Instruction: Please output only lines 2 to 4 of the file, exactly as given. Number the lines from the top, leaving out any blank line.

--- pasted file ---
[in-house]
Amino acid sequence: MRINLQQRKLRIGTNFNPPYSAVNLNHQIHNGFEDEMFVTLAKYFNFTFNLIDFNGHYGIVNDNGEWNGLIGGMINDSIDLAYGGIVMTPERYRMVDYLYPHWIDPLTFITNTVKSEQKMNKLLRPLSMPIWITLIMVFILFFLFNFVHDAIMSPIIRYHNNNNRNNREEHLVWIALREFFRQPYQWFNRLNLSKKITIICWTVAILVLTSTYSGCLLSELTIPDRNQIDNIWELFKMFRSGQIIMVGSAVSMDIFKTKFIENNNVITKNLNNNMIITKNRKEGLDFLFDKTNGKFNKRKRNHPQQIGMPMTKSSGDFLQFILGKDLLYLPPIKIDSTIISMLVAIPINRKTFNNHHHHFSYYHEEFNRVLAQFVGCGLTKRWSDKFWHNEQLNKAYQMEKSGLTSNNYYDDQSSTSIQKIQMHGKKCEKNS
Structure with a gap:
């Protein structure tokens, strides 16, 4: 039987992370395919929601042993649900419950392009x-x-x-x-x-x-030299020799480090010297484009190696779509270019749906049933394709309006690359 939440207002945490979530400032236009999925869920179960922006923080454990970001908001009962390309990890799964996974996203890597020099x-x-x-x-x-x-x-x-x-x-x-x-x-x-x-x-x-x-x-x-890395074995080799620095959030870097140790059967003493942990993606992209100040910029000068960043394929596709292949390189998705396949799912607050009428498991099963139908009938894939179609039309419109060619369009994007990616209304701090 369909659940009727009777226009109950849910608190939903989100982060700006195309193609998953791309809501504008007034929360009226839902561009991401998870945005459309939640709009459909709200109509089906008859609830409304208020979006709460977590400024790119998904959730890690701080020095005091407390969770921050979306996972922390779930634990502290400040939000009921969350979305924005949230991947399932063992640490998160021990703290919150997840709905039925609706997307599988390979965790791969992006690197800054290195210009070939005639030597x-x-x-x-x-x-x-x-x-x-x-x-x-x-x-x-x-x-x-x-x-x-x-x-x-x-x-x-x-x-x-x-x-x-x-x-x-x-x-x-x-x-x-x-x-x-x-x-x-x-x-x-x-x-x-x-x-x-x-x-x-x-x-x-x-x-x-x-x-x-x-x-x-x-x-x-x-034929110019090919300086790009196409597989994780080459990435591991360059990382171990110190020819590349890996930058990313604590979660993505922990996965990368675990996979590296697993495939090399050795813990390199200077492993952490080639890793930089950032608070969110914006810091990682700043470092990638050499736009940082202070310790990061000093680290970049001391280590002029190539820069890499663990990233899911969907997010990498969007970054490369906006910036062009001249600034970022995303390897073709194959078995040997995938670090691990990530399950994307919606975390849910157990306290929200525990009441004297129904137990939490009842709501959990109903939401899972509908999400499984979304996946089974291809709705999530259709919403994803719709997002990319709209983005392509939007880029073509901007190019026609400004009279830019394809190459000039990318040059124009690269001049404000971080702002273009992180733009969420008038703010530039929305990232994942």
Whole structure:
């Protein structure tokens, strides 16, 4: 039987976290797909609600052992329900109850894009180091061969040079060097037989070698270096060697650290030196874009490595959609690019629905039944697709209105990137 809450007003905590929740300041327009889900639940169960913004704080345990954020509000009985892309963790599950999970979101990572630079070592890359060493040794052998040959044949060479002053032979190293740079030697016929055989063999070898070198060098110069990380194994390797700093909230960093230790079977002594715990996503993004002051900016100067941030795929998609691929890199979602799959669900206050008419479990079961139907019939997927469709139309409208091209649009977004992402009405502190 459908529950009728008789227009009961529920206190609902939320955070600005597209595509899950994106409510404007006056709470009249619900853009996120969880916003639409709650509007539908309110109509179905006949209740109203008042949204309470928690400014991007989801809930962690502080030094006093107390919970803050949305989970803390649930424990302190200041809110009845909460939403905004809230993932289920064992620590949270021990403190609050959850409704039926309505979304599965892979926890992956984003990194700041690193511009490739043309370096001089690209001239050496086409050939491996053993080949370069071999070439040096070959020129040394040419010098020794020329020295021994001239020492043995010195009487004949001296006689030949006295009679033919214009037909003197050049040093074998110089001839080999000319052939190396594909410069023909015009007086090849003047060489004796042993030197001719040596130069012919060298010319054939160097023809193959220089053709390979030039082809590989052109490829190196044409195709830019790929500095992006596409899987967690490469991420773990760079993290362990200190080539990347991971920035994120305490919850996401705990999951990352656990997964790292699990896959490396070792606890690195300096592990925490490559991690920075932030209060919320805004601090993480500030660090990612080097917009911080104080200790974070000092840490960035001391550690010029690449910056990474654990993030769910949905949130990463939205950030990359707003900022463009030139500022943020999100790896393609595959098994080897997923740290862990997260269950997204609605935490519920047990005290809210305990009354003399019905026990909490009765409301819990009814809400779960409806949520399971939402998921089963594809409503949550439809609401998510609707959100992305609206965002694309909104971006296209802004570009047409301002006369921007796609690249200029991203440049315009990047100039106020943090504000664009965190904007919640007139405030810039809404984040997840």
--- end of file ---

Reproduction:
Amino acid sequence: MRINLQQRKLRIGTNFNPPYSAVNLNHQIHNGFEDEMFVTLAKYFNFTFNLIDFNGHYGIVNDNGEWNGLIGGMINDSIDLAYGGIVMTPERYRMVDYLYPHWIDPLTFITNTVKSEQKMNKLLRPLSMPIWITLIMVFILFFLFNFVHDAIMSPIIRYHNNNNRNNREEHLVWIALREFFRQPYQWFNRLNLSKKITIICWTVAILVLTSTYSGCLLSELTIPDRNQIDNIWELFKMFRSGQIIMVGSAVSMDIFKTKFIENNNVITKNLNNNMIITKNRKEGLDFLFDKTNGKFNKRKRNHPQQIGMPMTKSSGDFLQFILGKDLLYLPPIKIDSTIISMLVAIPINRKTFNNHHHHFSYYHEEFNRVLAQFVGCGLTKRWSDKFWHNEQLNKAYQMEKSGLTSNNYYDDQSSTSIQKIQMHGKKCEKNS
Structure with a gap:
């Protein structure tokens, strides 16, 4: 039987992370395919929601042993649900419950392009x-x-x-x-x-x-030299020799480090010297484009190696779509270019749906049933394709309006690359 939440207002945490979530400032236009999925869920179960922006923080454990970001908001009962390309990890799964996974996203890597020099x-x-x-x-x-x-x-x-x-x-x-x-x-x-x-x-x-x-x-x-890395074995080799620095959030870097140790059967003493942990993606992209100040910029000068960043394929596709292949390189998705396949799912607050009428498991099963139908009938894939179609039309419109060619369009994007990616209304701090 369909659940009727009777226009109950849910608190939903989100982060700006195309193609998953791309809501504008007034929360009226839902561009991401998870945005459309939640709009459909709200109509089906008859609830409304208020979006709460977590400024790119998904959730890690701080020095005091407390969770921050979306996972922390779930634990502290400040939000009921969350979305924005949230991947399932063992640490998160021990703290919150997840709905039925609706997307599988390979965790791969992006690197800054290195210009070939005639030597x-x-x-x-x-x-x-x-x-x-x-x-x-x-x-x-x-x-x-x-x-x-x-x-x-x-x-x-x-x-x-x-x-x-x-x-x-x-x-x-x-x-x-x-x-x-x-x-x-x-x-x-x-x-x-x-x-x-x-x-x-x-x-x-x-x-x-x-x-x-x-x-x-x-x-x-x-034929110019090919300086790009196409597989994780080459990435591991360059990382171990110190020819590349890996930058990313604590979660993505922990996965990368675990996979590296697993495939090399050795813990390199200077492993952490080639890793930089950032608070969110914006810091990682700043470092990638050499736009940082202070310790990061000093680290970049001391280590002029190539820069890499663990990233899911969907997010990498969007970054490369906006910036062009001249600034970022995303390897073709194959078995040997995938670090691990990530399950994307919606975390849910157990306290929200525990009441004297129904137990939490009842709501959990109903939401899972509908999400499984979304996946089974291809709705999530259709919403994803719709997002990319709209983005392509939007880029073509901007190019026609400004009279830019394809190459000039990318040059124009690269001049404000971080702002273009992180733009969420008038703010530039929305990232994942």